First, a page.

December 31, 2013 in Nation/World

Health care law’s biggest changes debut in 2014

Tony Pugh McClatchy-Tribune
 

WASHINGTON – After more than three years of piecemeal implementation, the Affordable Care Act reaches an important new phase in 2014, when most of the law’s major provisions finally kick in.

For consumer advocates who have championed health care reform, the wait is over.

“Wednesday is not only the start of the New Year, it also ushers in a long-awaited era of affordable health coverage and care for families across America,” said Ron Pollack, executive director of Families USA, a consumer health advocacy organization. “At long last, much-needed help is on the way.”

Many of the biggest changes, like the health insurance marketplaces and subsidies to help consumers purchase coverage, debuted in 2013. But marketplace insurance policies don’t take effect until January, and the federal government won’t make subsidy payments to insurers until mid-January.

In addition to those new provisions, here are some of the major changes the health care law ushers in for 2014.

The individual mandate

The signature provision of the Affordable Care Act requires most individuals and their dependents to have health insurance in 2014 or pay a penalty for noncompliance in 2015 when they file their 2014 taxes.

People who enroll for coverage no later than March 31, 2014, will avoid the penalty. The 2014 penalty is 1 percent of annual income, or $95 per person, whichever is greatest. The penalties increase each year and become 2.5 percent of income, or $695 per person, in 2016. Each uninsured child will draw a $47.50 penalty in 2014. It grows to $347.50 per child in 2016.

The penalty is the most unpopular provision of the law but necessary to make it work as planned. That’s because it outlaws questionable insurer practices, such as arbitrarily canceling policies, denying coverage to people with pre-existing conditions, and imposing annual and lifetime spending limits on medical benefits.

Those new consumer protections would drive up premiums because older, sicker people – who couldn’t previously get coverage and who are the most costly to insure – would be most likely to enroll in new coverage. Younger, healthier people – the cheapest to insure – would avoid enrolling, knowing they could wait until they became ill to purchase insurance.

By requiring all people to get coverage, the individual mandate discourages this behavior and promotes a mix of healthy and less healthy people to enroll in coverage. That diversity of new enrollees is designed to help keep premium costs in check.

People with limited incomes or other special circumstances can get exemptions from the coverage mandate. Exempt groups include recognized religious sects that oppose insurance, undocumented immigrants, prison inmates, members of a federally recognized Indian tribe and those with incomes too low to file a tax return.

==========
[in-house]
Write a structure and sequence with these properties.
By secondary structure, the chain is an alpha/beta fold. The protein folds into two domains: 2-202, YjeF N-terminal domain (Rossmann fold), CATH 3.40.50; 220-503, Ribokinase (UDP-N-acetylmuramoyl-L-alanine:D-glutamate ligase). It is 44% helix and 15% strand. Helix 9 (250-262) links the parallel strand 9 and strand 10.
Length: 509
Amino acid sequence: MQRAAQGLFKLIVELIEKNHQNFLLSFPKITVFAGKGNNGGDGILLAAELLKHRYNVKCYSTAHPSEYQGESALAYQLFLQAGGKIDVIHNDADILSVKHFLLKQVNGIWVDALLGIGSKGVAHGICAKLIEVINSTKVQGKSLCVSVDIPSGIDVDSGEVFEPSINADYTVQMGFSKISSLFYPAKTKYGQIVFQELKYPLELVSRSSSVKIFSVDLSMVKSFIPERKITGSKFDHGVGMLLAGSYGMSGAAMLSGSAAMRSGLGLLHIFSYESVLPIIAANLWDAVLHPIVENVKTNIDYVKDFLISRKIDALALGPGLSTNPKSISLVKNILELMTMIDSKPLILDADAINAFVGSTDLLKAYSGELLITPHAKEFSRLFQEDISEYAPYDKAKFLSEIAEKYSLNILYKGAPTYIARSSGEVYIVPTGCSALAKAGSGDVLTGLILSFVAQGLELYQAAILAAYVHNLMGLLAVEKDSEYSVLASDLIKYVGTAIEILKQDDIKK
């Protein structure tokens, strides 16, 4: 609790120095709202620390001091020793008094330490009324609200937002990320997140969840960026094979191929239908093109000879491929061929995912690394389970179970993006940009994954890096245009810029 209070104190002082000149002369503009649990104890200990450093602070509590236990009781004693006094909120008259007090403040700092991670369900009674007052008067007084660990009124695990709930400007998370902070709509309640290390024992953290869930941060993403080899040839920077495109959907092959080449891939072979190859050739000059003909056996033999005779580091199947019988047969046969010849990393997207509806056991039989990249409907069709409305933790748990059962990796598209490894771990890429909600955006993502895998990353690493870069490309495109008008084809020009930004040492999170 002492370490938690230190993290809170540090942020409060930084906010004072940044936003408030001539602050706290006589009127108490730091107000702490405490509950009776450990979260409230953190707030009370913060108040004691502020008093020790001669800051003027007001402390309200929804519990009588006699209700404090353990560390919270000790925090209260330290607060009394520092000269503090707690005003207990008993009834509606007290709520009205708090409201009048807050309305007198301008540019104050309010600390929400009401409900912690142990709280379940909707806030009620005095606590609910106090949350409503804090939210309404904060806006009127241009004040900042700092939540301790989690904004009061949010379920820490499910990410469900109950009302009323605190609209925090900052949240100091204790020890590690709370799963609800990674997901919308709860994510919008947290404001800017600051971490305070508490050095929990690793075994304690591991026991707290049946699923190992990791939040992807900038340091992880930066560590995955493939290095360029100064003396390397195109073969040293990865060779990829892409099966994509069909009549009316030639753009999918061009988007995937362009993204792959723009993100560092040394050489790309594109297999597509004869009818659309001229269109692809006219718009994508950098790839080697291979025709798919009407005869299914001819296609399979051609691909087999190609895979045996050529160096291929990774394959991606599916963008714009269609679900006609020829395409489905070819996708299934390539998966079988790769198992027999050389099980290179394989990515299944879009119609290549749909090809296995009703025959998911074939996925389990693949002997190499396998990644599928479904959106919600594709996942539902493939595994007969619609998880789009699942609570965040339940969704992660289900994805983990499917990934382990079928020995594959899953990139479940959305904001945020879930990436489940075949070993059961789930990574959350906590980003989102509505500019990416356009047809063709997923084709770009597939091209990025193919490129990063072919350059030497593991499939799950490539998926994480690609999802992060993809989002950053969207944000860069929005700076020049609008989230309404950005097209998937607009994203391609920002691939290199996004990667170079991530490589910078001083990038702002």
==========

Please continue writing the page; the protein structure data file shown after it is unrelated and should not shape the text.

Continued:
Medicaid expansion

An estimated 9 million Americans are expected to gain health insurance in 2014, when 25 states and the District of Columbia implement the expansion of Medicaid, the state-federal health insurance program for the poor and disabled, according to the Kaiser Family Foundation. The nonprofit group studies health care issues.

Under the new guidelines, non-elderly adults who earn up to 138 percent of the federal poverty level will qualify for Medicaid coverage. That’s about $15,900 for an individual in 2013, or nearly $32,500 for a family of four.

Most of the new enrollees are likely to be low-income childless adults, a group Medicaid has traditionally shunned. The rest are expected to be low-income parents who currently earn too much to qualify and poor people with disabilities who don’t meet requirements for Supplemental Security Income, a federal cash assistance program run by the Social Security Administration.

As a group, the new Medicaid enrollees are projected to be young, poor and mostly female, according to data from the Health Research Institute, operated by PricewaterhouseCoopers. About 74 percent of new enrollees will be white, according to institute estimates. Blacks will make up about 18 percent, while the other 8 percent will be Asian, Native American or biracial.

Consumer protections on the insurance market

The Affordable Care Act’s list of new consumer rights and protections apply mainly to plans in the individual and small group markets.

In 2014, the new rules guarantee access to individual and small-group coverage regardless of current or past health problems. The rules also require each plan to cover at least 60 percent of medical costs, limit the amount that older policyholders can be charged and outlaw annual and lifetime benefit-spending limits.

In addition, they no longer allow insurers to vary rates based on gender, occupation or medical claims history.

If a plan denies a claim, insurers have to tell the claimant why and how to dispute the decision.

In 2014, all individual and small-group plans must cover a list of “essential health benefits,” which includes substance abuse services, pediatric dental and vision care, mental health treatment, preventive and wellness care and maternity and newborn care.

Small business tax credit

Employers with fewer than 25 full-time equivalent workers who earn an average of roughly $50,000 a year or less could qualify for a tax credit worth up to 50 percent of their employer contribution toward workers’ premium costs.

Only employers who pay at least half of their full-time employees’ premium costs are eligible for the credit, which is only available if coverage is obtained through the SHOP Marketplace, which stands for the Small Business Health Options Program.


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